Pissed off at secular baby boomers for their voting on abortion, reliance on immigration for social security (legal or not, the numbers increased on both)beyond them. Pissed at all the excess if the 80’s that isn’t available today. Pissed at the way they taught their entitled kids.

    Yeah….just a whole lotta pissed going on here….

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  20. Yet Another John on August 7, 2014 at 12:54 PM

    Alice, half of those “young, robust men of vision” didn’t stay the course.

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  21. alice on August 7, 2014 at 2:03 PM

    The other half launched an organization that now spans the world.

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  22. Yet Another John on August 7, 2014 at 3:46 PM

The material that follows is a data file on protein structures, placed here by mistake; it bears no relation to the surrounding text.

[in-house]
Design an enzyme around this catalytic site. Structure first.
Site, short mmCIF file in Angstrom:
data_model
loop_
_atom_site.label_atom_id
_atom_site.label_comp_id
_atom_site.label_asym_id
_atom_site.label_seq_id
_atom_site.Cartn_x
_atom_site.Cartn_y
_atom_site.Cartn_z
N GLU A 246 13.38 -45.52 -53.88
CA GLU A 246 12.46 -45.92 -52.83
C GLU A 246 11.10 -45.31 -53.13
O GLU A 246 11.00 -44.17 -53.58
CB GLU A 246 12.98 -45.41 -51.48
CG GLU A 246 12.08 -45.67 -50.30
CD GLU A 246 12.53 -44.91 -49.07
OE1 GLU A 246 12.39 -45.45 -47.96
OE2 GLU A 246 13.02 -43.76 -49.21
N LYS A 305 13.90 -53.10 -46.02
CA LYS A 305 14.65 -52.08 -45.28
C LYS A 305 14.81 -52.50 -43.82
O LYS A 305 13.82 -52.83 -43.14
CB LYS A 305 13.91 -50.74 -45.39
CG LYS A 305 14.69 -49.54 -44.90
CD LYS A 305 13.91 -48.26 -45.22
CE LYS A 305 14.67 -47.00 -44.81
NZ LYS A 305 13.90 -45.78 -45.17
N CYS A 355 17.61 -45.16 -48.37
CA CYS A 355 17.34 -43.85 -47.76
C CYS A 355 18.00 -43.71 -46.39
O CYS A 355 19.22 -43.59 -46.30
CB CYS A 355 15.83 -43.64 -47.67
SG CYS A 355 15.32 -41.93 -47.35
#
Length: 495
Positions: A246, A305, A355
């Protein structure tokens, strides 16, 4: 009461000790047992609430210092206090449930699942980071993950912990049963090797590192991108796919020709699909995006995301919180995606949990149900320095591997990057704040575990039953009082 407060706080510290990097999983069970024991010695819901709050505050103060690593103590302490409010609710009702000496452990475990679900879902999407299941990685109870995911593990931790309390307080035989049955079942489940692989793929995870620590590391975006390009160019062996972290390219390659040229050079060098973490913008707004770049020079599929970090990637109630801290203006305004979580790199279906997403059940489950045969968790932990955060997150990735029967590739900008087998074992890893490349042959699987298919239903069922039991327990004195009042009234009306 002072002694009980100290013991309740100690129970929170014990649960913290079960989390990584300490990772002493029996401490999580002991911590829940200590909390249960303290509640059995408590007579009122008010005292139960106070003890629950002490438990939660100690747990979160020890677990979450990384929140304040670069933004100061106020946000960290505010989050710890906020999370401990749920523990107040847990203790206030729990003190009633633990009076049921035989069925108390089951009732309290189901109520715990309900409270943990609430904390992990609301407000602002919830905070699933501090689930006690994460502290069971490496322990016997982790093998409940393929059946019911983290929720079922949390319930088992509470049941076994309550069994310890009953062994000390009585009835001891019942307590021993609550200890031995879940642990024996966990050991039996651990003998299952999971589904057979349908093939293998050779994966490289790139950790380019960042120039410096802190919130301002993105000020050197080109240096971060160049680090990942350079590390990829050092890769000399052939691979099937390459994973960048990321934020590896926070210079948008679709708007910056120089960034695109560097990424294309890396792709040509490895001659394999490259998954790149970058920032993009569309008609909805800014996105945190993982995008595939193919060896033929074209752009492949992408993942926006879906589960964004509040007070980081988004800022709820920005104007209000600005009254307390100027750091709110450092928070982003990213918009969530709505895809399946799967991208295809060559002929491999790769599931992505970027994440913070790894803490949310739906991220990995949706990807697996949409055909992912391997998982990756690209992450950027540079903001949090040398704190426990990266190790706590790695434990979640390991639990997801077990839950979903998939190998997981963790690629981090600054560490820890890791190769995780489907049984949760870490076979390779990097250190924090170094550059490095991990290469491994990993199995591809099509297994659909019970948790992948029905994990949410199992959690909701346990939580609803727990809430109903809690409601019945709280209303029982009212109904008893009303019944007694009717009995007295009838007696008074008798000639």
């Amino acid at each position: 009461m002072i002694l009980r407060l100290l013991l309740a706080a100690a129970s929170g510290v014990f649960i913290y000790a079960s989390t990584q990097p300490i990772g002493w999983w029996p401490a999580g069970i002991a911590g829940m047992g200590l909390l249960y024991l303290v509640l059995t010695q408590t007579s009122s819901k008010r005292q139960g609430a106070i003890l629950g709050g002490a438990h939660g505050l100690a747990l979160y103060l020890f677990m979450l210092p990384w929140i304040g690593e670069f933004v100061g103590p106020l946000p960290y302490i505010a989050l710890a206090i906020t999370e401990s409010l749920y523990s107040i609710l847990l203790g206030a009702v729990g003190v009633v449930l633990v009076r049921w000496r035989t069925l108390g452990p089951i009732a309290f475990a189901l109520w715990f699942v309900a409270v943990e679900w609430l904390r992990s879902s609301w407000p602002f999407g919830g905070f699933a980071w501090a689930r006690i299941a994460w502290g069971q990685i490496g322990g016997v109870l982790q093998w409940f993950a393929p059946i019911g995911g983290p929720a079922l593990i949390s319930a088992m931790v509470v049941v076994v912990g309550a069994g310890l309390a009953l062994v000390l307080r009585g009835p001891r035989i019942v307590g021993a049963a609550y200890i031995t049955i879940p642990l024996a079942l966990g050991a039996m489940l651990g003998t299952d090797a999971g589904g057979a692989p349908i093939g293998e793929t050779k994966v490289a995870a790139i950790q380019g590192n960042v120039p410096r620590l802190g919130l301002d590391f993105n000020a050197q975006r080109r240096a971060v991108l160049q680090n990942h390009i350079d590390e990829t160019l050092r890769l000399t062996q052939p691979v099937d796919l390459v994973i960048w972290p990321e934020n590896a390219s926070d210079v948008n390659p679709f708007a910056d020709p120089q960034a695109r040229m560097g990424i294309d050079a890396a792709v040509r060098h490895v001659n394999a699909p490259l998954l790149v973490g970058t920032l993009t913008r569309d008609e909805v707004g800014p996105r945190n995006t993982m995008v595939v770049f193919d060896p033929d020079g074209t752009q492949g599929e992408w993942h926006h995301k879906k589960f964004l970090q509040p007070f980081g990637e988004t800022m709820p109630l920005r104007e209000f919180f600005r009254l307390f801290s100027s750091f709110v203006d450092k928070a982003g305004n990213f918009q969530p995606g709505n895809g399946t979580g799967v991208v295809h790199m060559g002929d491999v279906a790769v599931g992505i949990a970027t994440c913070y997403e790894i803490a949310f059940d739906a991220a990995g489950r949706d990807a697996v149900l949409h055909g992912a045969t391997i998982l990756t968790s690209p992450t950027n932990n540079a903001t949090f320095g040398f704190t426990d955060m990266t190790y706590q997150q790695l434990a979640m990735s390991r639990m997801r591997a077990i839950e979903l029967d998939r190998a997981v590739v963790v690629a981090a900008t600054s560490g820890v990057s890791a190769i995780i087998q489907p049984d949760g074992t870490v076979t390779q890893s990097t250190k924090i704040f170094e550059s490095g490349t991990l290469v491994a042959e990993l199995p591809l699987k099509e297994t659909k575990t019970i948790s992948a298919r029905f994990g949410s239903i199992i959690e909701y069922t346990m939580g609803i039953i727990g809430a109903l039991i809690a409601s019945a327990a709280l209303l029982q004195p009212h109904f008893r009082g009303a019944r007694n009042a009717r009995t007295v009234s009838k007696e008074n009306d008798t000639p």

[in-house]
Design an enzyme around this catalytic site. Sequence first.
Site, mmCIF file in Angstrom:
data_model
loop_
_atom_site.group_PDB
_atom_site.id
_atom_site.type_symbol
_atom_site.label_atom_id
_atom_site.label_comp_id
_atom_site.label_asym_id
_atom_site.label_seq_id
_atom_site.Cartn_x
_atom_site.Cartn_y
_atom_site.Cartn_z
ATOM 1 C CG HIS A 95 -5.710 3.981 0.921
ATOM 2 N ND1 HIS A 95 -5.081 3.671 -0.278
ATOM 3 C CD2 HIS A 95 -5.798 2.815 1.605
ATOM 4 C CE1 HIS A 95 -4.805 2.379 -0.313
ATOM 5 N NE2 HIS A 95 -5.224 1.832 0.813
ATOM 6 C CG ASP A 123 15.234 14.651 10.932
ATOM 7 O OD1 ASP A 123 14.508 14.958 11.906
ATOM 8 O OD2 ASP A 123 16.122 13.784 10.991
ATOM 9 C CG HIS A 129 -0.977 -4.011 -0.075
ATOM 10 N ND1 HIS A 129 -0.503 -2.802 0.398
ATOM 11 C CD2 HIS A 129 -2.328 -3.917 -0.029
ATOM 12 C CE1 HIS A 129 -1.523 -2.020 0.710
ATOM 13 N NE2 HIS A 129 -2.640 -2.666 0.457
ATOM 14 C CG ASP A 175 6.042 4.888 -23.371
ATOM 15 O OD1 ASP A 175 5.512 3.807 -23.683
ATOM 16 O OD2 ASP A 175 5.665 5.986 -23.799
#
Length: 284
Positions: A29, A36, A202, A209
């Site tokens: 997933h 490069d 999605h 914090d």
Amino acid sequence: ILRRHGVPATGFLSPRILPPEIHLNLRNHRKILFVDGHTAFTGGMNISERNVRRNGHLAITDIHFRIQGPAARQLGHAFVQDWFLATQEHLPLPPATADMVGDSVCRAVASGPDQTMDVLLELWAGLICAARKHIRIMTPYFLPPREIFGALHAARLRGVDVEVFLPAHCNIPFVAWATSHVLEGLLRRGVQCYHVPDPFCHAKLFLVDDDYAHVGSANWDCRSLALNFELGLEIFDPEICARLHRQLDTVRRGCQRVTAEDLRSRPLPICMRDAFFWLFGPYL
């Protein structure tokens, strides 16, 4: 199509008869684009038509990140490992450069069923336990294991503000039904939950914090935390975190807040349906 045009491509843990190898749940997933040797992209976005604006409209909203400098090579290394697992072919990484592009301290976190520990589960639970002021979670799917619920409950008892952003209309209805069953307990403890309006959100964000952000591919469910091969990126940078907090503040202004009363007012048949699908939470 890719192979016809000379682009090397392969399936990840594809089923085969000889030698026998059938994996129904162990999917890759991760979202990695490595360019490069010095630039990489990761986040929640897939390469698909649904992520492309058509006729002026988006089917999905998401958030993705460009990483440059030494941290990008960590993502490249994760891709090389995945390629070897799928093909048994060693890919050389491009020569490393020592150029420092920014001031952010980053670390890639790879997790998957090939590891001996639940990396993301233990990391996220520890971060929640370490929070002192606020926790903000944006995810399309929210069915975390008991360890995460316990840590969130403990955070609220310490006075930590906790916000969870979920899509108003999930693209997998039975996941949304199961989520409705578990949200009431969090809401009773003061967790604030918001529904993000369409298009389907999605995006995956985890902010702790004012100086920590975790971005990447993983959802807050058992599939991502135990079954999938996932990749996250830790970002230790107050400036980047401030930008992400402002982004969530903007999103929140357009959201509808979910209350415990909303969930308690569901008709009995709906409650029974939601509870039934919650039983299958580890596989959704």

It was disruptive enough to the church in Joseph’s time. Imagine the effect it would have on a world wide church. I’m not really trying to argue with you. i believe that youth, energy, vim and vigor are essential, every bit as essential today as it was then. I just think that the church as gotten so big that wisdom and experience is as of equal or more value.

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  23. A Happy Hubbie on August 12, 2014 at 1:50 PM

    I do think the issue of (over) reacting is something I have thought about. I see one case where in the 60’s the whole sexual revolution provoked (IMHO) the church leaders to really push hard on morality – even getting into the current situation where young women (and others) judge other women and girls by the exact length of their sleeves. I am at the tail end of the baby boomers and I honestly feel that my wife’s “good girl syndrome” came from all of the “licked cupcake” and “chewed gum” analogies used during her teenage years to repeat over and over that, “sex is BAD!” until that is imbedded in a generation.